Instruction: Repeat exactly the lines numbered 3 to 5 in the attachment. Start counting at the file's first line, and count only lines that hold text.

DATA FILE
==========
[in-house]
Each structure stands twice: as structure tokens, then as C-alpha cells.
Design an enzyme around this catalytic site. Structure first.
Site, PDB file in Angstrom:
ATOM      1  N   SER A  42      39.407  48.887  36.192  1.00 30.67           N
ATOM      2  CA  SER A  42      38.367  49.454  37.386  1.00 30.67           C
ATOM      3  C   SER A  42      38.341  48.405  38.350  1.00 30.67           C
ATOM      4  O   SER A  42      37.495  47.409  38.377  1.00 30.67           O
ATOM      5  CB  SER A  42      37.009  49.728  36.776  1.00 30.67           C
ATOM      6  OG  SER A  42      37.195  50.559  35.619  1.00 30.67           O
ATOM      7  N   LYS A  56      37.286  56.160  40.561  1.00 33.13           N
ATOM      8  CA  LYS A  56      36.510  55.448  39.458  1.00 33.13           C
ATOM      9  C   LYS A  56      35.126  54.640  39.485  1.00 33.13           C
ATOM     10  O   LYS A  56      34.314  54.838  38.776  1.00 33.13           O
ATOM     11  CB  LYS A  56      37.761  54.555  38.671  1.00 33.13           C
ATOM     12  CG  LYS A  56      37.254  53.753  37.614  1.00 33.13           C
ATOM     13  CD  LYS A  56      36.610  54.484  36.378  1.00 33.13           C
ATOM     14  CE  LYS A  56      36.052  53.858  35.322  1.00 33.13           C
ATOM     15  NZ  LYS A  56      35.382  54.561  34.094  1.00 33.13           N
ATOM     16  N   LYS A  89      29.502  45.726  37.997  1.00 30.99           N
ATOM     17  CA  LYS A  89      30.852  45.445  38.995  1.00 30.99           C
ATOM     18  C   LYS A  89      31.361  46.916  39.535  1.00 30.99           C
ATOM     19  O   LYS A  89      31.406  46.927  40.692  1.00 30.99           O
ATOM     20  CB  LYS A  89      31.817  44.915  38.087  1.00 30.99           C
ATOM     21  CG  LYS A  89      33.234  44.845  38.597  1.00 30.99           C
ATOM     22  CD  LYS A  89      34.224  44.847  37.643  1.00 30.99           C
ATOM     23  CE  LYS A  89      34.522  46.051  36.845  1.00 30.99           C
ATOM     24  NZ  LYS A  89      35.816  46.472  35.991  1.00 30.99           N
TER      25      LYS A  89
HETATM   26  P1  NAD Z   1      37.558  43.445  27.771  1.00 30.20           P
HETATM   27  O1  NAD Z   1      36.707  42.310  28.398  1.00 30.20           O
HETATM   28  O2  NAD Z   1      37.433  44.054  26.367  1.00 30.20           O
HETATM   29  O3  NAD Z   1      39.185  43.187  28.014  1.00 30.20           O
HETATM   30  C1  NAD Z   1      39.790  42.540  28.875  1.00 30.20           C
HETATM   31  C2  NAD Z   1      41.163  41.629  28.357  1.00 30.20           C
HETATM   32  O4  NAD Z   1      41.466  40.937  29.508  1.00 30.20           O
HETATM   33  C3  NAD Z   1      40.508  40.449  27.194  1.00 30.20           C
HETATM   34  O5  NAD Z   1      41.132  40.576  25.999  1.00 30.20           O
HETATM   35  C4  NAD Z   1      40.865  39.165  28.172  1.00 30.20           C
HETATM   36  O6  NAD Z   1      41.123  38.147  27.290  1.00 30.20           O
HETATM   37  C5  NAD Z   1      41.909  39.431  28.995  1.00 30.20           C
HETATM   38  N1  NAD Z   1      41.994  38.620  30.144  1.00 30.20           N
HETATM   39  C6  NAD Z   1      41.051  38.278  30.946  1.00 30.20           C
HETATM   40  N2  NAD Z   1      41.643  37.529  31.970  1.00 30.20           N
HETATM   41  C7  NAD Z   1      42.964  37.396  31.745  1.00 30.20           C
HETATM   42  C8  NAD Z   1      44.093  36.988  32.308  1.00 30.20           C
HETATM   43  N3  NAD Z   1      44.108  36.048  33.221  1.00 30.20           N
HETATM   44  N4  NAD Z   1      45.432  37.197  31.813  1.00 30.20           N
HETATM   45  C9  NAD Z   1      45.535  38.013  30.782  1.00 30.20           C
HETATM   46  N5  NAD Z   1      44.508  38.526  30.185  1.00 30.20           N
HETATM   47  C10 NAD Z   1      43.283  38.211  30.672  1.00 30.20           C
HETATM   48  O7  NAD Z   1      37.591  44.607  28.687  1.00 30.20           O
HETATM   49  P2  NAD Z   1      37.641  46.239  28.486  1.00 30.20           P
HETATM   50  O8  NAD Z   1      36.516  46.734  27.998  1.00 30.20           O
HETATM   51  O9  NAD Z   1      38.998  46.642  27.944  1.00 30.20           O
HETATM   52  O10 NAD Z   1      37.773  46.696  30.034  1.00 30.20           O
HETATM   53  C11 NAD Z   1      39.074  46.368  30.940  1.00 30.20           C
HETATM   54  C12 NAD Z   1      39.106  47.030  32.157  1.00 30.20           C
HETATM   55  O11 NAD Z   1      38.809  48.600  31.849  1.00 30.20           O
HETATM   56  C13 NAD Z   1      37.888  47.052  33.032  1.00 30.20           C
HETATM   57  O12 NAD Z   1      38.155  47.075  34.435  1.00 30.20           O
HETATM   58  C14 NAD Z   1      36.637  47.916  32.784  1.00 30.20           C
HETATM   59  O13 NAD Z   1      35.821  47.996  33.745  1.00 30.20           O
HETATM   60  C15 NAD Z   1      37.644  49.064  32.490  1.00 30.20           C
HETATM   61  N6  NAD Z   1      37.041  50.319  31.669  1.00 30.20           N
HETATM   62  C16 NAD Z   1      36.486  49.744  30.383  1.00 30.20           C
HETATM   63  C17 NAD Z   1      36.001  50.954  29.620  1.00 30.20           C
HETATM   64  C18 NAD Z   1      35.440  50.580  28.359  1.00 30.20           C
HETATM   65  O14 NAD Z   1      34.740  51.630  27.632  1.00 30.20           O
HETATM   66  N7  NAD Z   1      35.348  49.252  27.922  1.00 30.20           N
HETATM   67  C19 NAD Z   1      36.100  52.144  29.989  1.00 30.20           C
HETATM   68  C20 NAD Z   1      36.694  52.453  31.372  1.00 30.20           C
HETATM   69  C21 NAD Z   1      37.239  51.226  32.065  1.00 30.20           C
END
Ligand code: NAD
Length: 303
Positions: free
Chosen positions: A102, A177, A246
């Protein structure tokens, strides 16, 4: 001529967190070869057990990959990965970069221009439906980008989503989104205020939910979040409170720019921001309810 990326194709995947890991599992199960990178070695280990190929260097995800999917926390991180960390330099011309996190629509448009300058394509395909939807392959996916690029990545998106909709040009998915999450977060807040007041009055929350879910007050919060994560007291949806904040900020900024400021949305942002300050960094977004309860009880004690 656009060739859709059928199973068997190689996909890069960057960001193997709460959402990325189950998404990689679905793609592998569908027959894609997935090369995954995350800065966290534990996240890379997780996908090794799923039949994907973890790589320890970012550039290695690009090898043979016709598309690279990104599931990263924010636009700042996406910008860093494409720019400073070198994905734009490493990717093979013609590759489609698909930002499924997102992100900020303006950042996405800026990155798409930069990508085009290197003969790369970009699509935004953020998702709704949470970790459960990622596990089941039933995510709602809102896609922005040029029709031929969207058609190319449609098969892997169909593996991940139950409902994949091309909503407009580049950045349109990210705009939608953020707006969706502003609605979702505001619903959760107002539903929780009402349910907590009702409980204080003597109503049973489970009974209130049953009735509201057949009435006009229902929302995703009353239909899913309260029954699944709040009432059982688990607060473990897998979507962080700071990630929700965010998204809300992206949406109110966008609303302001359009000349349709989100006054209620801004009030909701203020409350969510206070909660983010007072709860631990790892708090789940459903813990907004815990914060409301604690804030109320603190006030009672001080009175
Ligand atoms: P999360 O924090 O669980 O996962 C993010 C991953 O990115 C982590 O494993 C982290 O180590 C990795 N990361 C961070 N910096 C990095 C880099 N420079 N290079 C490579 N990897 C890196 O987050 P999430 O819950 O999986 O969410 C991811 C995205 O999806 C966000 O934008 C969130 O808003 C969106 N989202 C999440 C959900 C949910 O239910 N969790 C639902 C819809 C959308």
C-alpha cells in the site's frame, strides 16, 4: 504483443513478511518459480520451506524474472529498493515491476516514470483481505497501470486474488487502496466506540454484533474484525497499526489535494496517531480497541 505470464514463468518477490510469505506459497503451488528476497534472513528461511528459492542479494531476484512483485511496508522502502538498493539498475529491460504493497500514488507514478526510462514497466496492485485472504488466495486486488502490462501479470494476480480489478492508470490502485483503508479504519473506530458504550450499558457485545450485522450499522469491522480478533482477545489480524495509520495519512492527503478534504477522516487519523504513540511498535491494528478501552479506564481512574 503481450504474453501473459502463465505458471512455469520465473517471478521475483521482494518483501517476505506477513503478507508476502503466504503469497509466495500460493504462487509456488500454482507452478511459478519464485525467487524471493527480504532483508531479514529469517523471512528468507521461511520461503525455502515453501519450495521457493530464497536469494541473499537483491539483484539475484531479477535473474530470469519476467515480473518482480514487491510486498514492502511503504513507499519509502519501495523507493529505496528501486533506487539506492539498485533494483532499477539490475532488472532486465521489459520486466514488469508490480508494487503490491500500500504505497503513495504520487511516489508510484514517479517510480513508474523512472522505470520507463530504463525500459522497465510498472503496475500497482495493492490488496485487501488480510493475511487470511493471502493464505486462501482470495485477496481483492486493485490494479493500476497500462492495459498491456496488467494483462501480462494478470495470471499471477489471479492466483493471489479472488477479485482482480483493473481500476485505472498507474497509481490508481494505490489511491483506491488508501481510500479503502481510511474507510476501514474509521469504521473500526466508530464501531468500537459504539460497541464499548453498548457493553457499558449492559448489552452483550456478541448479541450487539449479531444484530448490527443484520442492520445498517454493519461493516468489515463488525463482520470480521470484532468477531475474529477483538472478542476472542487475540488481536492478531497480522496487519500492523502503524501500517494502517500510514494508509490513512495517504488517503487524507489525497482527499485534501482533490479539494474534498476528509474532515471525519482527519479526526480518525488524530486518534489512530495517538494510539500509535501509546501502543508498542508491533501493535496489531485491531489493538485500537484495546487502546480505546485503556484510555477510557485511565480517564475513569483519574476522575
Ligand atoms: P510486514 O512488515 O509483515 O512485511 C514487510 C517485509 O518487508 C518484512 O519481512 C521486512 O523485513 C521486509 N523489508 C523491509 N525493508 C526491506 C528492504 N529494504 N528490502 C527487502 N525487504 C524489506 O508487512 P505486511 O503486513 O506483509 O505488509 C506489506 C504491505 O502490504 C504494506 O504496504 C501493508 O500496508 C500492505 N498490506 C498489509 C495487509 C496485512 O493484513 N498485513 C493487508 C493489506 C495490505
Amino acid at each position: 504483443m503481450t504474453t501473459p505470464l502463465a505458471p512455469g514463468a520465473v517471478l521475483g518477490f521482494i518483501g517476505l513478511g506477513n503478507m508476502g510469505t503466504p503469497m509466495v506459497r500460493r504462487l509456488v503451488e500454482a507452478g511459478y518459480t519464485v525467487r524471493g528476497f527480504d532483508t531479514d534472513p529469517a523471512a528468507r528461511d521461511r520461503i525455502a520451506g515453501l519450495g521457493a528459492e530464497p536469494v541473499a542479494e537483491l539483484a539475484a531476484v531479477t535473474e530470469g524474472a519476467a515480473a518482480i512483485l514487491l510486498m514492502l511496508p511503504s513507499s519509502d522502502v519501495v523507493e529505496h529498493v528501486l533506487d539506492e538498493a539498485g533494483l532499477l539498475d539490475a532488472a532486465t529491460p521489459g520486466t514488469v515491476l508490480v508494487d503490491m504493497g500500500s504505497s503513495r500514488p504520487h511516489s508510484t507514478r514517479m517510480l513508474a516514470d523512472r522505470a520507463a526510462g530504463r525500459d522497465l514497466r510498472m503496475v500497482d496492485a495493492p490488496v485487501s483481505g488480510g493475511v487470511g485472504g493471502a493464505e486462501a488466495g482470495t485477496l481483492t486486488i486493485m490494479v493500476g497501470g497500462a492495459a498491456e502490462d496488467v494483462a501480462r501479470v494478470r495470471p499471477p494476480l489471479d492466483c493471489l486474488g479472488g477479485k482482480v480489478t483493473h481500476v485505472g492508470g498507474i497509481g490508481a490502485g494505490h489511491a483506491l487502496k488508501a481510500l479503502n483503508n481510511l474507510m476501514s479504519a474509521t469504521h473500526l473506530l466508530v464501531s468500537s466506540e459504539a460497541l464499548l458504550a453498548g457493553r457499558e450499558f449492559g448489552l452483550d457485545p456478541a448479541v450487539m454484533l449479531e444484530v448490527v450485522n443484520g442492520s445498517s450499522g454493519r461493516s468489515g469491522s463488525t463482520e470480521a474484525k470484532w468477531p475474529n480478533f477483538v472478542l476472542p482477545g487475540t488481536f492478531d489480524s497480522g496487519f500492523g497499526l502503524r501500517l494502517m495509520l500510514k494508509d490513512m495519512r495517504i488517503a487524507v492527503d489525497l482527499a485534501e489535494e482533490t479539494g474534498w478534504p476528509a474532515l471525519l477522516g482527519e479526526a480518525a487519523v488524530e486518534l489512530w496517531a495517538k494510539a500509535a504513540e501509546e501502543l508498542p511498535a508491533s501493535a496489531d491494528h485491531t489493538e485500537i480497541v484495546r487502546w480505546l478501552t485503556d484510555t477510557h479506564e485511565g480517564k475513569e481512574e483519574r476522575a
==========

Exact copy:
Design an enzyme around this catalytic site. Structure first.
Site, PDB file in Angstrom:
ATOM      1  N   SER A  42      39.407  48.887  36.192  1.00 30.67           N